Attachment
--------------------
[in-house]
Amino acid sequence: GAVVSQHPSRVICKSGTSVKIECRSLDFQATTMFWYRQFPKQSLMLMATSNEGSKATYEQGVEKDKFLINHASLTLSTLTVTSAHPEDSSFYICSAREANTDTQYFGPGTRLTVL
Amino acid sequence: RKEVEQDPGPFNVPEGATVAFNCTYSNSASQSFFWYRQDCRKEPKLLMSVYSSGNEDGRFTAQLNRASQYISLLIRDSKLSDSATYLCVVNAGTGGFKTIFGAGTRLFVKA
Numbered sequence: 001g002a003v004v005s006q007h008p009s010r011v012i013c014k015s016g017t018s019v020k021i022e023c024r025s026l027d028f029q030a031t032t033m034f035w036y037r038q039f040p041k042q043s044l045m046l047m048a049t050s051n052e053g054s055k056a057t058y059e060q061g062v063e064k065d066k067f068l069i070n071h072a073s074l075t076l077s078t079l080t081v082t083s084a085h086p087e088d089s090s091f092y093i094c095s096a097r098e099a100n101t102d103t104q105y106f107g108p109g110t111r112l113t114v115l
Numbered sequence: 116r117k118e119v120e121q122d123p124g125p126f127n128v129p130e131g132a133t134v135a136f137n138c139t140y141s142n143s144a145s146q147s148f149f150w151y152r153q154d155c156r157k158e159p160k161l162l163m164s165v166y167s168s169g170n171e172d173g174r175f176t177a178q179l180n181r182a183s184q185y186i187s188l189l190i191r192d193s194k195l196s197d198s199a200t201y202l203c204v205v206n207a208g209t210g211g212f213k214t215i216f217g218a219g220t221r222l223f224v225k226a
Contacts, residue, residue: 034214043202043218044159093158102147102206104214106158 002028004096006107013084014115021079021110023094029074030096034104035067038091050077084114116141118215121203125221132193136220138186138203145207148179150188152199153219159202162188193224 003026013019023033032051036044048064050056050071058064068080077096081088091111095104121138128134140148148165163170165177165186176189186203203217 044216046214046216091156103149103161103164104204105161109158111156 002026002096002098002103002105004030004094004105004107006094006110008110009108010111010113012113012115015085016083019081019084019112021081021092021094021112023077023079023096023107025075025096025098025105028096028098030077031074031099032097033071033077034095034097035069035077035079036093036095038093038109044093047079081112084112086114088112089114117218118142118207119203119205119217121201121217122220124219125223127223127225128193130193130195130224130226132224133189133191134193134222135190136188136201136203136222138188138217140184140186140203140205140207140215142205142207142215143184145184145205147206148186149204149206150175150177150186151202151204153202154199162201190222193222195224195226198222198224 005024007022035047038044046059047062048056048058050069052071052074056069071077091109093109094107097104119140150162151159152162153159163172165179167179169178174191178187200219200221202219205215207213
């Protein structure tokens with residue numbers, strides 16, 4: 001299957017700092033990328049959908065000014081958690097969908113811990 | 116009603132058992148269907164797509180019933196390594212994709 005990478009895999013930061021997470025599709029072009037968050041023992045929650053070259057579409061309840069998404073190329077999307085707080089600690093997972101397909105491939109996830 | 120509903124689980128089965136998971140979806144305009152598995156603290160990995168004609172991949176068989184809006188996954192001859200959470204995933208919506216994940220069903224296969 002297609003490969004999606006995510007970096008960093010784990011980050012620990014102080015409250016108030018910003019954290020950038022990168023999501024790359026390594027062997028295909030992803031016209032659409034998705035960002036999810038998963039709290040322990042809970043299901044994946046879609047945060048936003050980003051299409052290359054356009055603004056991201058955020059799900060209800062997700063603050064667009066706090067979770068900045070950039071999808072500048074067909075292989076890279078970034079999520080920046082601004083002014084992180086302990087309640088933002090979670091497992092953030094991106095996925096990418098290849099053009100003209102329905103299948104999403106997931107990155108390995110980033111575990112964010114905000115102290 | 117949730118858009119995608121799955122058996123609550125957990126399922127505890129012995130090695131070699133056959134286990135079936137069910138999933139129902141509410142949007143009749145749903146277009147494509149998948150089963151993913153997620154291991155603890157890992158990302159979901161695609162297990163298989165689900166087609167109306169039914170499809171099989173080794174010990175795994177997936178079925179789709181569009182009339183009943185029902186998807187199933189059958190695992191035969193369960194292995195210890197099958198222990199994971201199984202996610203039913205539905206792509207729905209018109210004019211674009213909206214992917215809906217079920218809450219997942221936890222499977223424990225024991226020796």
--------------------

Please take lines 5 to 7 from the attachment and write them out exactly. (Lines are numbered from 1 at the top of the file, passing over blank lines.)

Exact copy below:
Numbered sequence: 116r117k118e119v120e121q122d123p124g125p126f127n128v129p130e131g132a133t134v135a136f137n138c139t140y141s142n143s144a145s146q147s148f149f150w151y152r153q154d155c156r157k158e159p160k161l162l163m164s165v166y167s168s169g170n171e172d173g174r175f176t177a178q179l180n181r182a183s184q185y186i187s188l189l190i191r192d193s194k195l196s197d198s199a200t201y202l203c204v205v206n207a208g209t210g211g212f213k214t215i216f217g218a219g220t221r222l223f224v225k226a
Contacts, residue, residue: 034214043202043218044159093158102147102206104214106158 002028004096006107013084014115021079021110023094029074030096034104035067038091050077084114116141118215121203125221132193136220138186138203145207148179150188152199153219159202162188193224 003026013019023033032051036044048064050056050071058064068080077096081088091111095104121138128134140148148165163170165177165186176189186203203217 044216046214046216091156103149103161103164104204105161109158111156 002026002096002098002103002105004030004094004105004107006094006110008110009108010111010113012113012115015085016083019081019084019112021081021092021094021112023077023079023096023107025075025096025098025105028096028098030077031074031099032097033071033077034095034097035069035077035079036093036095038093038109044093047079081112084112086114088112089114117218118142118207119203119205119217121201121217122220124219125223127223127225128193130193130195130224130226132224133189133191134193134222135190136188136201136203136222138188138217140184140186140203140205140207140215142205142207142215143184145184145205147206148186149204149206150175150177150186151202151204153202154199162201190222193222195224195226198222198224 005024007022035047038044046059047062048056048058050069052071052074056069071077091109093109094107097104119140150162151159152162153159163172165179167179169178174191178187200219200221202219205215207213
């Protein structure tokens with residue numbers, strides 16, 4: 001299957017700092033990328049959908065000014081958690097969908113811990 | 116009603132058992148269907164797509180019933196390594212994709 005990478009895999013930061021997470025599709029072009037968050041023992045929650053070259057579409061309840069998404073190329077999307085707080089600690093997972101397909105491939109996830 | 120509903124689980128089965136998971140979806144305009152598995156603290160990995168004609172991949176068989184809006188996954192001859200959470204995933208919506216994940220069903224296969 002297609003490969004999606006995510007970096008960093010784990011980050012620990014102080015409250016108030018910003019954290020950038022990168023999501024790359026390594027062997028295909030992803031016209032659409034998705035960002036999810038998963039709290040322990042809970043299901044994946046879609047945060048936003050980003051299409052290359054356009055603004056991201058955020059799900060209800062997700063603050064667009066706090067979770068900045070950039071999808072500048074067909075292989076890279078970034079999520080920046082601004083002014084992180086302990087309640088933002090979670091497992092953030094991106095996925096990418098290849099053009100003209102329905103299948104999403106997931107990155108390995110980033111575990112964010114905000115102290 | 117949730118858009119995608121799955122058996123609550125957990126399922127505890129012995130090695131070699133056959134286990135079936137069910138999933139129902141509410142949007143009749145749903146277009147494509149998948150089963151993913153997620154291991155603890157890992158990302159979901161695609162297990163298989165689900166087609167109306169039914170499809171099989173080794174010990175795994177997936178079925179789709181569009182009339183009943185029902186998807187199933189059958190695992191035969193369960194292995195210890197099958198222990199994971201199984202996610203039913205539905206792509207729905209018109210004019211674009213909206214992917215809906217079920218809450219997942221936890222499977223424990225024991226020796």